Most years, I spend the Fourth of July holiday enjoying the company of my family and friends; watching the joy on a grandchild’s face during a fireworks display; and reflecting on my whereabouts during the many July 4 holidays I’ve experienced.

This year, my social time was distanced; fireworks shows were canceled; and I was thinking of a specific July 4 in Montgomery County history I recently read about — the day the last recorded lynching took place not far from where I now sit in Rockville as the superintendent of schools.

Recently, a colleague shared with me that the location of the current MCPS central office building on Hungerford Drive and Mannakee Street is close to the location of the last lynching in our county. I was forwarded an article from The Washington Post that shared the details of this horrible event.

According to the article, on July 4, 1896, a lynch mob of 20 to 30 masked men brutally killed Sidney Randolph, a 28-year-old Black man. Mr. Randolph was accused of killing a 7-year-old white girl.

The article goes on to say that the evidence against Mr. Randolph was circumstantial and conflicting, and that he lacked a motive to commit the crime. Yet, police arrested him and a mob saw fit to hang him from a chestnut tree.

While this horrific lynching occurred more than a century ago, my heart sank and my anger was intense as if it had just happened. My thoughts raced forward in time to the 2020 killings of Ahmaud Arbery and George Floyd.


In the last 124 years, we have traveled to the bottom of the ocean and into space; created the internet; and sequenced the human genome. Yet, as a country, we are still unable to protect, value and respect the life and liberty of Black Americans, specifically Black men.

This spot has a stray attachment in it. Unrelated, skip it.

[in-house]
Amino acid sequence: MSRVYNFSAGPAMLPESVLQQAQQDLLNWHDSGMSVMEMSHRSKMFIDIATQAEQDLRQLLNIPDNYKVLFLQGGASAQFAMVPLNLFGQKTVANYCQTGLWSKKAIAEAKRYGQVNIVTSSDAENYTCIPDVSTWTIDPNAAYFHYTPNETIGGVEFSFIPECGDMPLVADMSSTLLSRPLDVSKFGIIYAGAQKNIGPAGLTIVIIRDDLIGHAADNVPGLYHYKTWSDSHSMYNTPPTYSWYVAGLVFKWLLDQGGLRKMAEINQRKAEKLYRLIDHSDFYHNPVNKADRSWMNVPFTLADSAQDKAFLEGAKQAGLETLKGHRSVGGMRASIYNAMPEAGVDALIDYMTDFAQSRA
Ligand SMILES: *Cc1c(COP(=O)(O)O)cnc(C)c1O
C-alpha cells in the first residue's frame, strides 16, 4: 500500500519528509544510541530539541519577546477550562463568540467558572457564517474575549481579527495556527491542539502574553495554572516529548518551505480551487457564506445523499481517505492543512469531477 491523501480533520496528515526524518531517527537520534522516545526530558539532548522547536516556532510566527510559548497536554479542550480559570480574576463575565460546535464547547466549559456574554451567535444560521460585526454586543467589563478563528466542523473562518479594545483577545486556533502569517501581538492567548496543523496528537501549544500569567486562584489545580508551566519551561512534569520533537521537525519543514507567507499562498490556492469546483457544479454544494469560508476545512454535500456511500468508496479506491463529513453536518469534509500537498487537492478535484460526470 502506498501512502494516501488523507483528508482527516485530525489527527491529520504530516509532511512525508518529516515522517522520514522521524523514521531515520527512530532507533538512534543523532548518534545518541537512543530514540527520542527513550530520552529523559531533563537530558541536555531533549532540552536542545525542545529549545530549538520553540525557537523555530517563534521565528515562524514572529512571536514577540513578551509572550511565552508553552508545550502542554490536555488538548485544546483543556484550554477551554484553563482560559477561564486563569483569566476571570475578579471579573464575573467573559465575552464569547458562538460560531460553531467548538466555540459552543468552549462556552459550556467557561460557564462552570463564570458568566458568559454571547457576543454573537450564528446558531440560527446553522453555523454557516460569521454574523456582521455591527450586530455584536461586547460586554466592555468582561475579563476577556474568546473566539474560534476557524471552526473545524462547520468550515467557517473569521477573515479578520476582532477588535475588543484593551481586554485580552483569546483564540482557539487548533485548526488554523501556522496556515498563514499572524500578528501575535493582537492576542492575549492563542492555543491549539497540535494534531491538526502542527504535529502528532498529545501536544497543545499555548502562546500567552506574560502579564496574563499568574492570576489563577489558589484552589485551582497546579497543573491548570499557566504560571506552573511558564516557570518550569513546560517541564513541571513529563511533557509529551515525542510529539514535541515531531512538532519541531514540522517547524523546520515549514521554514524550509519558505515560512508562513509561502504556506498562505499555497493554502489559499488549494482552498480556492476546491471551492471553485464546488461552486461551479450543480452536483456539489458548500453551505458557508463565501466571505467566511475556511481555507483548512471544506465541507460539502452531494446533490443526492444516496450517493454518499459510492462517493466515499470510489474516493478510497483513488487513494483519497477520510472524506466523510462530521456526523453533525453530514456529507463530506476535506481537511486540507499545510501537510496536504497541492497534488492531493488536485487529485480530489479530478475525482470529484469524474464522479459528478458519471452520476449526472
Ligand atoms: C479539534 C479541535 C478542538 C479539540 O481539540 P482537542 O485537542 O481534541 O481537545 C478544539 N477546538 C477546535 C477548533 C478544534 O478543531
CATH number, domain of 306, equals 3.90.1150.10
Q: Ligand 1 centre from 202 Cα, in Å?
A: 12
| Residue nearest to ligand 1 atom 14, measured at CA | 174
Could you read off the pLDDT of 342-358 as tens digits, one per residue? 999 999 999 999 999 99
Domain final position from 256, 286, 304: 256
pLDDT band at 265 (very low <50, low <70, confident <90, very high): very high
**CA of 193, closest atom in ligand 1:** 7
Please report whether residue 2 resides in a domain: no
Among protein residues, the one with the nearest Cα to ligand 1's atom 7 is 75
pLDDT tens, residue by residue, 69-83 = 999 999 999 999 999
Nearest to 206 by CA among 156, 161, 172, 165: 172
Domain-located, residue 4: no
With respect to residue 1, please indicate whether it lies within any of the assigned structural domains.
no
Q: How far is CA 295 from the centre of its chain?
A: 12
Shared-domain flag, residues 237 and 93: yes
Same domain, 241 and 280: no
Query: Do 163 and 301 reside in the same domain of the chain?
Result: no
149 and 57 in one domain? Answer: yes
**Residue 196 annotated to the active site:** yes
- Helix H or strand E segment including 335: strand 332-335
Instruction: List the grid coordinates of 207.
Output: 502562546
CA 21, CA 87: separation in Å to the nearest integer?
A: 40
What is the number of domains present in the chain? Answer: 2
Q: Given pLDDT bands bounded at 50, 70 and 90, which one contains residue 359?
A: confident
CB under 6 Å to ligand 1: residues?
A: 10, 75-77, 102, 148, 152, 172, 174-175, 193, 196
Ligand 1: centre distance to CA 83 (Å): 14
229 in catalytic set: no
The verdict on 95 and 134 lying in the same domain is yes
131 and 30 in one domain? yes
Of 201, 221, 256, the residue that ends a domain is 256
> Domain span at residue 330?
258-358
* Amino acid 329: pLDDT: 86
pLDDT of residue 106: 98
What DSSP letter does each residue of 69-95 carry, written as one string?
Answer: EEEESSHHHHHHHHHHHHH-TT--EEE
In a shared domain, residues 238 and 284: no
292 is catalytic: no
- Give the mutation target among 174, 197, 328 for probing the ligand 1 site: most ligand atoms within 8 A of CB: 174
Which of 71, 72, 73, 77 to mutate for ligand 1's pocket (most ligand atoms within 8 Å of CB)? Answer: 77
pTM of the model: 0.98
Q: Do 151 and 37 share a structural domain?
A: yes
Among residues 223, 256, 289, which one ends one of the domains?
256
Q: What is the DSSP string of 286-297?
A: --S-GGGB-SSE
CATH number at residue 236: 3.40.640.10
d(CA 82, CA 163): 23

I believe Montgomery County has made progress toward this goal by being on the forefront of desegregation of schools in the 1950s; by years of equity policies and initiatives in the school system; and by the county’s passage of a Racial Equity and Social Justice law in 2019.

However, recent social media posts from students of color in our school system that detail their experiences with racism and bias in our schools are a stark reminder that there is much more work to be done. In some of these posts, students shared allegations of bias, stereotyping and racism at the hands of their peers and, more disturbingly, our staff members.


I am grateful to those who stepped forward to share their painful, personal stories. They help us do the work that must be done.

Many of the experiences highlighted in the social media posts reflect what research has confirmed — implicit bias exists across the educational spectrum, including preschool. The research also shows that this bias can contribute to disparities in academic outcomes for students of color.

I have no reason to believe that students and educators in our county are immune. Moreover, we know that public education institutions, including MCPS, have only taught a small fraction of what students should know about the Black experience in the United States, including the barriers that exist to full access and opportunity in education.


The good news is we know that bias can be interrupted and curricula can be enhanced to achieve these goals. The MCPS staff is working to enhance our mandatory equity and cultural proficiency training and practices. Work is underway to integrate cultural proficiency and implicit bias training with effective instructional practice and sound content knowledge into all professional learning experiences.

By changing the experience of our students of color through culturally responsive relationships and expanding learning opportunities, we can truly unleash the potential of our students.

Additionally, we have made significant changes to our elementary and middle school literacy and math curricula. Next, we must work on high school literacy, as well as social studies and other curricula at all levels. Providing curricula that meet the needs of our students and creating equitable access and opportunity across the system must continue to be the priority.


While we have made progress in many areas, we must work with a greater sense of urgency and purpose. I am not naive, but I am committed. We will not be able to eradicate racism overnight.

Based on the story of Sidney Randolph and the aforementioned social media posts, racism and bias have long roots. But I believe we can and must move the needle quickly.

I expect to see serious progress toward all of our students feeling valued and learning at their full potential by the time July 4 arrives next year. We cannot wait another century for change.


Jack Smith is the superintendent of Montgomery County Public Schools.


Note: Montgomery County Public Schools translated Superintendent Jack Smith’s essay into Spanish. The translation appears below.